Gilbert v. Shalala

1993 | Cited 0 times | D. Maine | December 16, 1993


This Social Security Disability appeal raises the question whether substantial evidence supports the Secretary's decision that the plaintiff was not under a disability prior to the expiration of her insured status in December 1990. Specifically, the plaintiff asserts that the Administrative Law Judge erred in holding her to a rigid medical standard requiring conclusive medical evidence of disability produced prior to the date she was last insured. In accordance with the Secretary's sequential evaluation process, 20 C.F.R. § 404.1520; Goodermote v. Secretary of Health & Human Servs., 690 F.2d 5 (1st Cir. 1982), the Administrative Law Judge found, in relevant part, that the plaintiff has not engaged in substantial gainful activity since April 15, 1986, the alleged onset date of her disability, Finding 1, Record p. 46; that she met disability insured status requirements as of that date, but continued to meet those requirements only through the end of 1990, Finding 2, Record p. 46; that between April 15, 1986 and the close of 1990 she did not suffer from any impairment whose existence was demonstrated by the requisite objective medical data, Finding 3, Record p. 46, and therefore was not disabled prior to the expiration of her insured status, Finding 4, Record p. 46. The Appeals Council declined to review the decision, Record pp. 3-4, making it the final determination of the Secretary. 20 C.F.R. § 404.981; Dupuis v. Secretary of Health & Human Servs., 869 F.2d 622, 623 (1st Cir. 1989).

The standard of review of the Secretary's decision is whether the determination made is supported by substantial evidence. 42 U.S.C. § 405(g); Lizotte v. Secretary of Health & Human Servs., 654 F.2d 127, 128 (1st Cir. 1981). In other words, the determination must be supported by such relevant evidence as a reasonable mind might accept as adequate to support the conclusions drawn. Richardson v. Perales, 402 U.S. 389, 401 (1971); Rodriguez v. Secretary of Health & Human Servs., 647 F.2d 218, 222 (1st Cir. 1981).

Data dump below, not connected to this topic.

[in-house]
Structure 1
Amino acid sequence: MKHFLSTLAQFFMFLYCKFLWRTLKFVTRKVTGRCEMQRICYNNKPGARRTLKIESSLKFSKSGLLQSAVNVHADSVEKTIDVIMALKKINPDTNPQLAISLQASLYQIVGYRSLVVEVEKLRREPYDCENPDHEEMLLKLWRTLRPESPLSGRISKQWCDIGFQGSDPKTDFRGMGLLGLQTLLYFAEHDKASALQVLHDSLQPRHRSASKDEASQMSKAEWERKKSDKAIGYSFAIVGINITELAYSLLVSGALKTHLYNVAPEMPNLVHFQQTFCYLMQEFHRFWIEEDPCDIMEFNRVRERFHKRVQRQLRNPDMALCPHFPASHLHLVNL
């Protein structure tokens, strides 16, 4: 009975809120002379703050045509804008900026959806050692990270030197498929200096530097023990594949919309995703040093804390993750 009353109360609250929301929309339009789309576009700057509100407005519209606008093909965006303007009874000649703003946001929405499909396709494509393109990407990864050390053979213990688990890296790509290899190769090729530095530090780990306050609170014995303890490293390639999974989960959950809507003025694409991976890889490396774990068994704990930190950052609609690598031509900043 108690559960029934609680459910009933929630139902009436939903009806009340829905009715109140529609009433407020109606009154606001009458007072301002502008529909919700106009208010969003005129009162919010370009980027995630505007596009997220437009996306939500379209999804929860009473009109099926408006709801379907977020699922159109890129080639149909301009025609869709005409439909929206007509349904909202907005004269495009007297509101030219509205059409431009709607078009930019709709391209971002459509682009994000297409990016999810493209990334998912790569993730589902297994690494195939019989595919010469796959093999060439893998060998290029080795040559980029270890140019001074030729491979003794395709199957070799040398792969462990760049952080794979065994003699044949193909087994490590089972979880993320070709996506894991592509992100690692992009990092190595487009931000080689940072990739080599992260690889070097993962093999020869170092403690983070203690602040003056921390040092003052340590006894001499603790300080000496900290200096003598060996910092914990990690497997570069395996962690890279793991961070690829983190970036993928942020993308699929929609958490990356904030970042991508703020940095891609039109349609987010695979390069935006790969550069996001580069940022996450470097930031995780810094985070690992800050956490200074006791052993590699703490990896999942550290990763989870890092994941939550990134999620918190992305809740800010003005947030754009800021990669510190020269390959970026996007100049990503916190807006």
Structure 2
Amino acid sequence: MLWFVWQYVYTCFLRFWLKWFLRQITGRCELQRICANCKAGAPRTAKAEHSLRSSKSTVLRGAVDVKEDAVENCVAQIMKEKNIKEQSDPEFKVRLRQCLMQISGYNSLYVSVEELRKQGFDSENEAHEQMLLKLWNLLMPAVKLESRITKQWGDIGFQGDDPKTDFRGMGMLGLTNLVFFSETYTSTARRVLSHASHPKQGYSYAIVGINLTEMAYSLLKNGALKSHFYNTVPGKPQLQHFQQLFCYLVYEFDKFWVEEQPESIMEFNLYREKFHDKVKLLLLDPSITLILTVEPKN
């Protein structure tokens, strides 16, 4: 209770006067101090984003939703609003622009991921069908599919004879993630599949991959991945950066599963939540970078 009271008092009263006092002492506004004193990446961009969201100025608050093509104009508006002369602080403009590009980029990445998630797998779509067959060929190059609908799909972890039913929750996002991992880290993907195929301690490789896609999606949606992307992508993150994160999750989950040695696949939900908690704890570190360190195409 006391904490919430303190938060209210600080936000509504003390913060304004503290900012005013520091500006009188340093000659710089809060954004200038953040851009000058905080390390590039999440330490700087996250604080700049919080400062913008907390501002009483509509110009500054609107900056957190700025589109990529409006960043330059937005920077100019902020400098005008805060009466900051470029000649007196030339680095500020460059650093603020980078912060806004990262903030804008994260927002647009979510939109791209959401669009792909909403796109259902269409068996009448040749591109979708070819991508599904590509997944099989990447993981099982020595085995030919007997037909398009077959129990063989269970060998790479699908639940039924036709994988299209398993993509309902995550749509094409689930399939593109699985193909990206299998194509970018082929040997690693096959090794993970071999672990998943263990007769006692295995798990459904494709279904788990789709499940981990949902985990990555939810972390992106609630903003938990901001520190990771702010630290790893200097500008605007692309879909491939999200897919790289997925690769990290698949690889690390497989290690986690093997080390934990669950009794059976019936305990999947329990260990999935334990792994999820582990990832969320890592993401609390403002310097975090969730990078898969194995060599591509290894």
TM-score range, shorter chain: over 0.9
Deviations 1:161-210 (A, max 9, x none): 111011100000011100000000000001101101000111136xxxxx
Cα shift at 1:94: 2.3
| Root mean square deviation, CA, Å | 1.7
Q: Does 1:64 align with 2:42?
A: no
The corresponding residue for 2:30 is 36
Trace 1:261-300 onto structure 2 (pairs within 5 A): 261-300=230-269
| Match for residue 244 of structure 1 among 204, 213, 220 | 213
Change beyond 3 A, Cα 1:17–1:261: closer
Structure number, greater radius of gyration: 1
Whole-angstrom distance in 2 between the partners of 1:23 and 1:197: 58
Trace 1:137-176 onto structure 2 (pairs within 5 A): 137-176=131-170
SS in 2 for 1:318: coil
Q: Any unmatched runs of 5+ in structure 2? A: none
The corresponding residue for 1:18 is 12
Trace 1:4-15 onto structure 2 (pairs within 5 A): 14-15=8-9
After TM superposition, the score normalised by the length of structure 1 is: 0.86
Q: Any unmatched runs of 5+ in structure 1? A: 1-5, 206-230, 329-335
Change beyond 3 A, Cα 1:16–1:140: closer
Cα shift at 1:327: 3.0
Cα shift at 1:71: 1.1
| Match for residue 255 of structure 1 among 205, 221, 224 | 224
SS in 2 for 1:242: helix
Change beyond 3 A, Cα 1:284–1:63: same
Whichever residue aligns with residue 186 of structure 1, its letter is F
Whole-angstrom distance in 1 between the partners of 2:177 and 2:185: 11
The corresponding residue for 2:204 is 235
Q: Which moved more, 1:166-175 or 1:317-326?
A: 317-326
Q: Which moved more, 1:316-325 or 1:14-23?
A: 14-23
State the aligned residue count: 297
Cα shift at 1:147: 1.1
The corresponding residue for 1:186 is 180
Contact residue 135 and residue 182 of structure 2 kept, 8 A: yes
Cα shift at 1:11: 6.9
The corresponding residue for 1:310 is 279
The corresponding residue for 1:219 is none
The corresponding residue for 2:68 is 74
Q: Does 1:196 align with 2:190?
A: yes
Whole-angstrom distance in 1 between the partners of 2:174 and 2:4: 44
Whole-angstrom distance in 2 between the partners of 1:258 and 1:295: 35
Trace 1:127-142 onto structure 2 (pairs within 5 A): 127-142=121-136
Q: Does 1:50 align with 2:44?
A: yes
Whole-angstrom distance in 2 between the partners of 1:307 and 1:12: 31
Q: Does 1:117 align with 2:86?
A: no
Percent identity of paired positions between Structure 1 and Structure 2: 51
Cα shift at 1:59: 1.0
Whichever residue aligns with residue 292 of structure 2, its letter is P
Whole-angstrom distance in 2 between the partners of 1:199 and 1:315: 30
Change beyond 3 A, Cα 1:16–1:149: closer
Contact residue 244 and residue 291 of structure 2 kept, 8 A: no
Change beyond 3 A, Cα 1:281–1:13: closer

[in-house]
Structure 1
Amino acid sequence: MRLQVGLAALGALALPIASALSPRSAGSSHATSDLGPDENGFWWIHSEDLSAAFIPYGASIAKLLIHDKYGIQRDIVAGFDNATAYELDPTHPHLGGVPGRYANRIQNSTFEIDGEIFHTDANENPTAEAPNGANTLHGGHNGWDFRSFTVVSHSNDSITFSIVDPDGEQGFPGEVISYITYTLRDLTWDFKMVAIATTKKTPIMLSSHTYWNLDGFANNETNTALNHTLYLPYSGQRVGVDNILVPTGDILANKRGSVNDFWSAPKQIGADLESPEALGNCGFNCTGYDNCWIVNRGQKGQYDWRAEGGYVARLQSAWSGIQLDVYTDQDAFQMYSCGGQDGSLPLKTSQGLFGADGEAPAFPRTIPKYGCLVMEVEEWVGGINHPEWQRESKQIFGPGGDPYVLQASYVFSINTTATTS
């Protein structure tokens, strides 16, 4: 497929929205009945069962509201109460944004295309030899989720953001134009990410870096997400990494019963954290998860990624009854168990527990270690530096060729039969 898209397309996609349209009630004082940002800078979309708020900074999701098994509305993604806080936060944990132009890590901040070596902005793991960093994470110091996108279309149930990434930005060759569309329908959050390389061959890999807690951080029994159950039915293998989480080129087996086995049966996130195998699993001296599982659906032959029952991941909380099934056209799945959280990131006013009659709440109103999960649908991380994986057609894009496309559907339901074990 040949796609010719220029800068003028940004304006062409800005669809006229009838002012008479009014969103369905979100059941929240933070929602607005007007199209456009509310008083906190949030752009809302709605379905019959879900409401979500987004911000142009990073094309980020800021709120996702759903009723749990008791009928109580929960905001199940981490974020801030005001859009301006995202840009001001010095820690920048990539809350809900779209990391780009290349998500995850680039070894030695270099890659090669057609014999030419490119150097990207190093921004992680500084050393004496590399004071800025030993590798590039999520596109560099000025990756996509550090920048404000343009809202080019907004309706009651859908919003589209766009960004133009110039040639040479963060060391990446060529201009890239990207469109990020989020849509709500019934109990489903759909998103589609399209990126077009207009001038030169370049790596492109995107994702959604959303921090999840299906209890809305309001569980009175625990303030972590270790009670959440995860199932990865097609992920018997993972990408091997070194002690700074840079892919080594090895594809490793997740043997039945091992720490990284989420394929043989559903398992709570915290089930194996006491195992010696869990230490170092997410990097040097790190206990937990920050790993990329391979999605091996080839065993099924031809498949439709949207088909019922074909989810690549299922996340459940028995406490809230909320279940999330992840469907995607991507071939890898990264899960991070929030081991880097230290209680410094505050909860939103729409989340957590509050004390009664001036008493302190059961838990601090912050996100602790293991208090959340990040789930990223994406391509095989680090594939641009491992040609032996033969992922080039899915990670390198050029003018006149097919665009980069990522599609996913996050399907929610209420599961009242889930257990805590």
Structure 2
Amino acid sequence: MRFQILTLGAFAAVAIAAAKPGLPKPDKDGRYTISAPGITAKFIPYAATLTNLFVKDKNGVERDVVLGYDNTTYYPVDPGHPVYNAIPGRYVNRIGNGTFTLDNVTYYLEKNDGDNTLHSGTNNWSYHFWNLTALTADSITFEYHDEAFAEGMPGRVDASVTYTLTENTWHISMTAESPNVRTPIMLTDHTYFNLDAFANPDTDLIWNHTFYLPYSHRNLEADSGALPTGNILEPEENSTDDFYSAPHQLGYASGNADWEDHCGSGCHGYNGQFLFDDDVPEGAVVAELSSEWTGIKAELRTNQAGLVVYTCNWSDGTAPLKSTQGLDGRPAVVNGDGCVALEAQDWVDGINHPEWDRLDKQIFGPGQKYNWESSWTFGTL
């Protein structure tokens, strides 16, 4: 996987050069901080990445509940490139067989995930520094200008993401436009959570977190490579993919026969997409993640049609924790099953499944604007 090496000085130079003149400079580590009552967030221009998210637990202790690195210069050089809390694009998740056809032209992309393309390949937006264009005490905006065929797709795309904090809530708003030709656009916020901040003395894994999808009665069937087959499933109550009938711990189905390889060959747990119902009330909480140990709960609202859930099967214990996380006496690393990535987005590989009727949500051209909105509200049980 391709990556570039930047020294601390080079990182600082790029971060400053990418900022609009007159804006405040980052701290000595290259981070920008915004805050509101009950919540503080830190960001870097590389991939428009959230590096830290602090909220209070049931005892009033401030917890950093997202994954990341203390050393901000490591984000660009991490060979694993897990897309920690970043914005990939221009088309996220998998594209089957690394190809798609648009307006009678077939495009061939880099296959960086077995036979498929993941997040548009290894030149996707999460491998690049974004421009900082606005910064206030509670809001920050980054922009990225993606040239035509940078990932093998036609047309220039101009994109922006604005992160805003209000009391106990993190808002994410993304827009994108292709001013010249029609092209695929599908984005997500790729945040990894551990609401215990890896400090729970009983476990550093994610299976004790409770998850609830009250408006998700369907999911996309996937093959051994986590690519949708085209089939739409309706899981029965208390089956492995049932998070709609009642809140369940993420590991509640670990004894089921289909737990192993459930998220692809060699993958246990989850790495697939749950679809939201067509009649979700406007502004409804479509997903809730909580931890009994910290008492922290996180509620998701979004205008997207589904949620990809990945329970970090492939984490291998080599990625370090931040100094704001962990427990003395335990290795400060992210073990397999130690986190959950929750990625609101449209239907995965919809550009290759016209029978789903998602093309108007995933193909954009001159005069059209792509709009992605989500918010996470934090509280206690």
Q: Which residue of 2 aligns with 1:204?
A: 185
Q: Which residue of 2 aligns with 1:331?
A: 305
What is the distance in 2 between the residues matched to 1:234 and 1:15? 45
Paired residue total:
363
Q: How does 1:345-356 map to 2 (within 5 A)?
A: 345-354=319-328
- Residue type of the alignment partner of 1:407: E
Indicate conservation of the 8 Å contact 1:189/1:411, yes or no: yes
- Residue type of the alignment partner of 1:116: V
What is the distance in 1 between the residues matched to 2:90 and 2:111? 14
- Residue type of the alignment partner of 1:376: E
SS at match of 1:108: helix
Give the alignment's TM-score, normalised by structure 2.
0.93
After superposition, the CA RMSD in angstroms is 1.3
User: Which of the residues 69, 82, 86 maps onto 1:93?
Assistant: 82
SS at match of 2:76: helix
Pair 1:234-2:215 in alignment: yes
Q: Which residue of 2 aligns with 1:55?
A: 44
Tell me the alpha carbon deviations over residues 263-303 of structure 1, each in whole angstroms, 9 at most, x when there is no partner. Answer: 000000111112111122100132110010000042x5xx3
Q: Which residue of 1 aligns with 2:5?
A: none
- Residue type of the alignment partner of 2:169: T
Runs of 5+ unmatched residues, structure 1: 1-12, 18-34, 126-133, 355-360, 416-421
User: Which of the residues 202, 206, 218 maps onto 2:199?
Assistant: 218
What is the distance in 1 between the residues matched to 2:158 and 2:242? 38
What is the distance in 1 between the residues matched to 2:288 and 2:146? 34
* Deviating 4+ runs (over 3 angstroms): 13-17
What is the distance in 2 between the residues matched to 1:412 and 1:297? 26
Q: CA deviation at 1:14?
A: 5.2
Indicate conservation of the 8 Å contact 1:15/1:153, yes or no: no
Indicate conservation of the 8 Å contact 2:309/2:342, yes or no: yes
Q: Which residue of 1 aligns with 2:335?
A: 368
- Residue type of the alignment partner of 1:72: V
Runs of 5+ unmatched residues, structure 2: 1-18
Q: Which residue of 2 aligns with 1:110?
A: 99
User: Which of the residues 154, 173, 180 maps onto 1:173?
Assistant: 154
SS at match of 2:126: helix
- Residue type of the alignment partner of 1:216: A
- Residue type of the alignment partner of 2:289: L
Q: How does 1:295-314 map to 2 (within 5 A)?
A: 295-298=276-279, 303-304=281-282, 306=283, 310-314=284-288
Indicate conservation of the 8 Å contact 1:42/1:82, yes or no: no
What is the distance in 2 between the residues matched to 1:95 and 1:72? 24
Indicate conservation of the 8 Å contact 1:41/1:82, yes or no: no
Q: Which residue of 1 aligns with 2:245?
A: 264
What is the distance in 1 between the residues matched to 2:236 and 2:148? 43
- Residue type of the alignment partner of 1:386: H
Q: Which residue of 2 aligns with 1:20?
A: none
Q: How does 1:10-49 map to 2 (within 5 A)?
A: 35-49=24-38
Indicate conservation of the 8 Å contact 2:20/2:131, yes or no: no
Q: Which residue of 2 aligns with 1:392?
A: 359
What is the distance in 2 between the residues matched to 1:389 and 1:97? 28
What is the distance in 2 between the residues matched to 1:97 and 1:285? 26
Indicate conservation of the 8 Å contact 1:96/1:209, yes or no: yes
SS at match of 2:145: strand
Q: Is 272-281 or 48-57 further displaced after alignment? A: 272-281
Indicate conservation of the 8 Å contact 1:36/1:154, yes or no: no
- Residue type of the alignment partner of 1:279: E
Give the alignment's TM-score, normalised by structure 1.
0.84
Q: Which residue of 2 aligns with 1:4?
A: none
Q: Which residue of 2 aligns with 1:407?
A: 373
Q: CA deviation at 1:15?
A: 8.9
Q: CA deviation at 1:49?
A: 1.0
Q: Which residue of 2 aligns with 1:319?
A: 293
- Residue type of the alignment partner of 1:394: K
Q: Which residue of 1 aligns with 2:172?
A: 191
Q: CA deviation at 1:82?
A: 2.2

There is no dispute that the plaintiff, age forty-seven, currently suffers from post-polio syndrome stemming from her contraction of polio while a child. Record p. 42. Indeed, though denying her claim for Disability Insurance Benefits, the Secretary did award the plaintiff Supplemental Security Income based on the present disabling effect of her impairment. Id. at 45. The only question for this appeal is the onset date of her present disability.

Regardless of the seriousness of her present condition, the plaintiff is not entitled to disability benefits unless she can adequately demonstrate that her disability existed prior to the expiration of her insured status. Cruz Rivera v. Secretary of Health & Human Servs., 818 F.2d 96, 97 (1st Cir. 1986), cert. denied, 479 U.S. 1042 (1987); Deblois v. Secretary of Health & Human Servs., 686 F.2d 76, 79 (1st Cir. 1982). Evidence of an impairment that reached a disabling level of severity after the last insured date, or that was exacerbated after this date, cannot be the basis for a disability determination, even though the impairment may have had its roots prior to the date on which insured status expired. Deblois, 686 F.2d at 79; Manzo v. Sullivan, 784 F. Supp. 1152, 1156 (D.N.J. 1991); Flint v. Sullivan, 743 F. Supp. 777, 783 (D. Kan. 1990), aff'd, 951 F.2d 264 (10th Cir. 1991). Moreover, the existence of a disability prior to the expiration of insured status must be established by adequate medical evidence. Manzo, 784 F. Supp. at 1156-57; Flint, 743 F. Supp. at 782; Social Security Ruling 83-20, reprinted in West's Social Security Reporting Service at 49-51 (1992). ``Plaintiff cannot sustain her burden of proof merely by means of conclusory, self-serving testimony that she was disabled at the crucial time.'' Manzo, 784 F. Supp. at 1157.